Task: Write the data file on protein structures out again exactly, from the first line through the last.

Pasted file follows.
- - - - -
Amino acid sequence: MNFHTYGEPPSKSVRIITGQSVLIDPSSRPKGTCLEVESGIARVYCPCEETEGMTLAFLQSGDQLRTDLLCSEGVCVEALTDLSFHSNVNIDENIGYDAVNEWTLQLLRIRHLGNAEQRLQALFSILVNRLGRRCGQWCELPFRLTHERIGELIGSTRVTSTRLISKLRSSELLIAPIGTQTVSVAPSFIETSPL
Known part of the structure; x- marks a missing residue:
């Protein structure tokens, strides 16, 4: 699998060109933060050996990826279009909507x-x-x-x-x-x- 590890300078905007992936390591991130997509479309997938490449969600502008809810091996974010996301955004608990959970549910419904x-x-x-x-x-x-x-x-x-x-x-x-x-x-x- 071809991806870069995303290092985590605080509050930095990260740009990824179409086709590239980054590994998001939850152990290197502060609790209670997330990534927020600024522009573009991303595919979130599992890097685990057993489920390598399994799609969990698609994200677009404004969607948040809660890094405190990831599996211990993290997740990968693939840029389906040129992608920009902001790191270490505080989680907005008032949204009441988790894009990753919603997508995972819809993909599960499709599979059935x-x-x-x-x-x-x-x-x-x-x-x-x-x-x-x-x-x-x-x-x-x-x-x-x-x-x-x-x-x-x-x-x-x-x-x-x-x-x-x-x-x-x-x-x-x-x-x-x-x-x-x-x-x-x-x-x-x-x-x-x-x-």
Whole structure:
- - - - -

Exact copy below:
Amino acid sequence: MNFHTYGEPPSKSVRIITGQSVLIDPSSRPKGTCLEVESGIARVYCPCEETEGMTLAFLQSGDQLRTDLLCSEGVCVEALTDLSFHSNVNIDENIGYDAVNEWTLQLLRIRHLGNAEQRLQALFSILVNRLGRRCGQWCELPFRLTHERIGELIGSTRVTSTRLISKLRSSELLIAPIGTQTVSVAPSFIETSPL
Known part of the structure; x- marks a missing residue:
């Protein structure tokens, strides 16, 4: 699998060109933060050996990826279009909507x-x-x-x-x-x- 590890300078905007992936390591991130997509479309997938490449969600502008809810091996974010996301955004608990959970549910419904x-x-x-x-x-x-x-x-x-x-x-x-x-x-x- 071809991806870069995303290092985590605080509050930095990260740009990824179409086709590239980054590994998001939850152990290197502060609790209670997330990534927020600024522009573009991303595919979130599992890097685990057993489920390598399994799609969990698609994200677009404004969607948040809660890094405190990831599996211990993290997740990968693939840029389906040129992608920009902001790191270490505080989680907005008032949204009441988790894009990753919603997508995972819809993909599960499709599979059935x-x-x-x-x-x-x-x-x-x-x-x-x-x-x-x-x-x-x-x-x-x-x-x-x-x-x-x-x-x-x-x-x-x-x-x-x-x-x-x-x-x-x-x-x-x-x-x-x-x-x-x-x-x-x-x-x-x-x-x-x-x-």
Whole structure: